Bart Bradshaw: (43:40)
Yeah. Um, what are your longterm plans? Are you planning to stick with that solopreneurship for a while? Are you planning to scale at some point or you know, do you know at this point?

Chelsie Tamms: (43:52)
I think generally speaking, I don’t really know what’s gonna happen. I’ve been very open to taking on whatever projects come before me as long as they interest me and I’m still excited about the work. So that does take me in a couple of different directions. Like I mentioned, having the wholesale products growing at this point is the way that I see my business scaling for the next year or so. Really focusing on developing all those resources and materials. Maybe taking on a larger inventory of that I keep on hand so I’m able to fulfill larger orders or just facilitating that process. So I don’t necessarily see myself hiring full time employees, but I do see myself and I have been open and I’ve have worked with contractors in the past. If there’s a project that fits my skillset but need something else to compliment it to complete the overall project instead of just plugging into that little piece, I am moving in the direction of being able to manage and take on the whole project, do the part that I really love and work with other artists and creatives that can do the other parts that are needed for the whole project.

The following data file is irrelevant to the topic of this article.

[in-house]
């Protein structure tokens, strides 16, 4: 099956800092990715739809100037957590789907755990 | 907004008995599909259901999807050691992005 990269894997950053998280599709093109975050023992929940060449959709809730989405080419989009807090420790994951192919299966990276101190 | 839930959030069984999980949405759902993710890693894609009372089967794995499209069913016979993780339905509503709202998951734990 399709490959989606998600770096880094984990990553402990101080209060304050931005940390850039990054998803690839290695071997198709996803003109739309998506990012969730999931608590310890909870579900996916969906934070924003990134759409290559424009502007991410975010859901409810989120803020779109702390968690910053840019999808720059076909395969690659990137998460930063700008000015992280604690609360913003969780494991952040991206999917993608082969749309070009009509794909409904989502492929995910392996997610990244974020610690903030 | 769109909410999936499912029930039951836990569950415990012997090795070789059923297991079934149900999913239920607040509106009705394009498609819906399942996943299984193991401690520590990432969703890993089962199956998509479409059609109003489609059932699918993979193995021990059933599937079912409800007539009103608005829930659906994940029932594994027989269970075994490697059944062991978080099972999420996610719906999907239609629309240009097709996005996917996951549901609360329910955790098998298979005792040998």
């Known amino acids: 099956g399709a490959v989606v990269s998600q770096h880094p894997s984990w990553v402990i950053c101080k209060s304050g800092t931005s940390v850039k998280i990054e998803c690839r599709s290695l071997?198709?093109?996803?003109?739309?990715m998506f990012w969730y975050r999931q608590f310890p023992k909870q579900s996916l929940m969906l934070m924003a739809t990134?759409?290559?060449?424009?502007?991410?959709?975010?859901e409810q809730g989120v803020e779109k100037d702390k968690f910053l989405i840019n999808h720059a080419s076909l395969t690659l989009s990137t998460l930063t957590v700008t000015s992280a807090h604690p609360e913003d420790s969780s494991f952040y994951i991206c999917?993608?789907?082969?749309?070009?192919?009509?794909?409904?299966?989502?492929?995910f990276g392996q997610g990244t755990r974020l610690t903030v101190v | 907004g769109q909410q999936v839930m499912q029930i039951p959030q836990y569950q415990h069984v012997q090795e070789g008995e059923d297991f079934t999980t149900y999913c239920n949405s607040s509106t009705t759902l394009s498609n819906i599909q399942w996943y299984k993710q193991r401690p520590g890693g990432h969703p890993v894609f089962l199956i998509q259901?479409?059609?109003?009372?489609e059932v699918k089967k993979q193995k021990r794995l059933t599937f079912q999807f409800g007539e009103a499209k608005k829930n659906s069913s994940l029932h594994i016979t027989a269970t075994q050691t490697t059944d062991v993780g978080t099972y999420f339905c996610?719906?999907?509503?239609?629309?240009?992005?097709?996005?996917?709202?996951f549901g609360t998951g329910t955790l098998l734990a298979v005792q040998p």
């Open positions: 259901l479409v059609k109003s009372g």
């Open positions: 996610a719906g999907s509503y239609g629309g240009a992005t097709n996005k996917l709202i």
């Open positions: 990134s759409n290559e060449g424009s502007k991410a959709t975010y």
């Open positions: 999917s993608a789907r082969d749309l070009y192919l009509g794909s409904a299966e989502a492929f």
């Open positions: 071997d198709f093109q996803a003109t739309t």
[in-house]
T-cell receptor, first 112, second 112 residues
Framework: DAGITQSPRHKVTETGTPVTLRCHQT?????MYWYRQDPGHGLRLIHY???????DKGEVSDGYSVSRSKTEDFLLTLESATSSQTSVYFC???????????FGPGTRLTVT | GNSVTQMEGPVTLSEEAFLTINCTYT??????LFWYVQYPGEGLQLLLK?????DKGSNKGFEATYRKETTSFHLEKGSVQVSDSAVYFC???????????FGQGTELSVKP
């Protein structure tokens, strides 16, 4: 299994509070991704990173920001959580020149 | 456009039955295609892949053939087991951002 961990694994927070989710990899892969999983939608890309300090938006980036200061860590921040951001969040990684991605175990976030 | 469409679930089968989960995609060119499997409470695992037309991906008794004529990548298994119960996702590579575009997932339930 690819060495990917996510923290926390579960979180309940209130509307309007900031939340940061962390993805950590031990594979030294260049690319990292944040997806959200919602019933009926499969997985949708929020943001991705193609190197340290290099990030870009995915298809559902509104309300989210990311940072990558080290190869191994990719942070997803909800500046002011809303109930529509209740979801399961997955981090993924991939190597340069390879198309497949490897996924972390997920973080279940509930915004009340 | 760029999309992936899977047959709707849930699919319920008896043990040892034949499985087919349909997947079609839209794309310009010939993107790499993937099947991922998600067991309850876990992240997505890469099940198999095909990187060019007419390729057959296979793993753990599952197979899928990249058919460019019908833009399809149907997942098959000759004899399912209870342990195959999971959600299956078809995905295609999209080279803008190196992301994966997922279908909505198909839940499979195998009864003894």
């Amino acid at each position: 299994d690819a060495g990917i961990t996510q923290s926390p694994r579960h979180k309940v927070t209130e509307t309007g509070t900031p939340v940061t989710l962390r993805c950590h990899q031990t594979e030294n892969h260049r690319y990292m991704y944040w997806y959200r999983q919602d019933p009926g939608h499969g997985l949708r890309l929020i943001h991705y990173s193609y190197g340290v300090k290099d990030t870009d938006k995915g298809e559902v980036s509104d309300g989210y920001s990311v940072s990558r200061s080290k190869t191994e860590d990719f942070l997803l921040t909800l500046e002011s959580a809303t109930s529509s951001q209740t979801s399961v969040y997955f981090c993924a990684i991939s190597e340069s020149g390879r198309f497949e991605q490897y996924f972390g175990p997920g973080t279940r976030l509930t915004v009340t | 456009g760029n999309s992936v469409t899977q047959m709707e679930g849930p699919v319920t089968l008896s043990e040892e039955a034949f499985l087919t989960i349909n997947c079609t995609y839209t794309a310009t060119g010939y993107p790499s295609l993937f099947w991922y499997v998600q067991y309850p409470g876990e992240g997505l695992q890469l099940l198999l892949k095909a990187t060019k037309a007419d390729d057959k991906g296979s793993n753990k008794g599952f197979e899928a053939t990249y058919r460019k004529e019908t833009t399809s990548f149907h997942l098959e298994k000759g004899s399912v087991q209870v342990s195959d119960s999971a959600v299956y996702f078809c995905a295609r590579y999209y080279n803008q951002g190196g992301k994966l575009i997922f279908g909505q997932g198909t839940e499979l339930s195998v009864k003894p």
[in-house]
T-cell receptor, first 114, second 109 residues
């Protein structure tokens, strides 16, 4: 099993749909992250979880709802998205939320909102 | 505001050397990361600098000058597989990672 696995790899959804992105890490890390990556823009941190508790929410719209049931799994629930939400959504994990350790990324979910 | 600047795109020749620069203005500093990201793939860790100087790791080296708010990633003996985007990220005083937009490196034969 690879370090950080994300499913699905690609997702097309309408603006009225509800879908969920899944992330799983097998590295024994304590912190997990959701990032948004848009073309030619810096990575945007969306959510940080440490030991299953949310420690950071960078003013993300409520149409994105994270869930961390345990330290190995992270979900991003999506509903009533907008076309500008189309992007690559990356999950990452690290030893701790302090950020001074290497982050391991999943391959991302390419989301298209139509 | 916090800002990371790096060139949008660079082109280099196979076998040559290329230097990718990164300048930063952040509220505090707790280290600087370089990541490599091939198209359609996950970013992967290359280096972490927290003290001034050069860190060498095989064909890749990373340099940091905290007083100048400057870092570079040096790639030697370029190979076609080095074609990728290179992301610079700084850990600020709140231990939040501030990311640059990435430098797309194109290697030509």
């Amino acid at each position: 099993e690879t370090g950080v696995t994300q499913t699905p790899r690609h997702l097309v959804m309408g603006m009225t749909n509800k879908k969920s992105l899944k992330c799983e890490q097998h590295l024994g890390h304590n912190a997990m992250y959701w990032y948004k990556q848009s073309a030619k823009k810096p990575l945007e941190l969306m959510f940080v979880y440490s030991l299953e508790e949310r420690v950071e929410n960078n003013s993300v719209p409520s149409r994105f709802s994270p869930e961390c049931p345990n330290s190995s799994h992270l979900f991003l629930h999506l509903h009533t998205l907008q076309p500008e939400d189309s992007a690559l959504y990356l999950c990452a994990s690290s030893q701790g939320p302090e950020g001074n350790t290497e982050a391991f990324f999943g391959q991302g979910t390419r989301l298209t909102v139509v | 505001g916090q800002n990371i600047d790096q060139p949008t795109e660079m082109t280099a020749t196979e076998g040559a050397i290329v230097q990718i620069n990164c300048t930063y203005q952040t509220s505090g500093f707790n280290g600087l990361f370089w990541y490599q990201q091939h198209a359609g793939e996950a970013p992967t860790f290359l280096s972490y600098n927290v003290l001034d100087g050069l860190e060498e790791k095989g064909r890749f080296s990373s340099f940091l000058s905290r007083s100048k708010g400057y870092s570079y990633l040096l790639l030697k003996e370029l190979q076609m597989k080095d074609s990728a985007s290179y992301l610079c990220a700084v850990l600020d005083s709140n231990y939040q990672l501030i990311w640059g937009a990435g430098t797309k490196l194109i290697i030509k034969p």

Chelsie Tamms: (44:51)
So that’s really how I see my business expanding in the next couple of years is taking on interesting projects, projects and kind of putting the puzzle pieces together of other people, but also really focusing on the wholesale products because they’re much more scalable. And then I guess one other thing I’ve been thinking a lot about too is a passive source of income. So I have taught lettering workshops in the past in person only. So expanding some of those opportunities to online courses is something that I’m really interested in as well.

Bart Bradshaw: (45:20)
Yeah, that’s a great idea. I liked what you said about, you know, one, none of us really know what we’re going to do in the next five to 10 years. Um, it’s always interesting to try to figure it out. Um, and it sounds like what you know is what you love doing and you’re pursuing that. Um, and you’re finding ways to do a lot of what you love as well as, you know, make it, um, something that’s meaningful to the market as well, which is awesome. Um, the other thing you said that I really liked, um, and it kind of rung a bell is I think, and maybe I’m just making a connection, but today it’s easier to be a solopreneur and actually scale to a decent size without taking on any management responsibilities or employer relationships when you know, you can, like you say, contract out certain things, it’s not that hard to even contract out manufacturing and you know, all this stuff that you would need to do wholesale products or, and you can scale as a solopreneur to a pretty decent size. I have plenty of friends who have done that. And it sounds like that’s kind of what you’re exploring right now a little bit.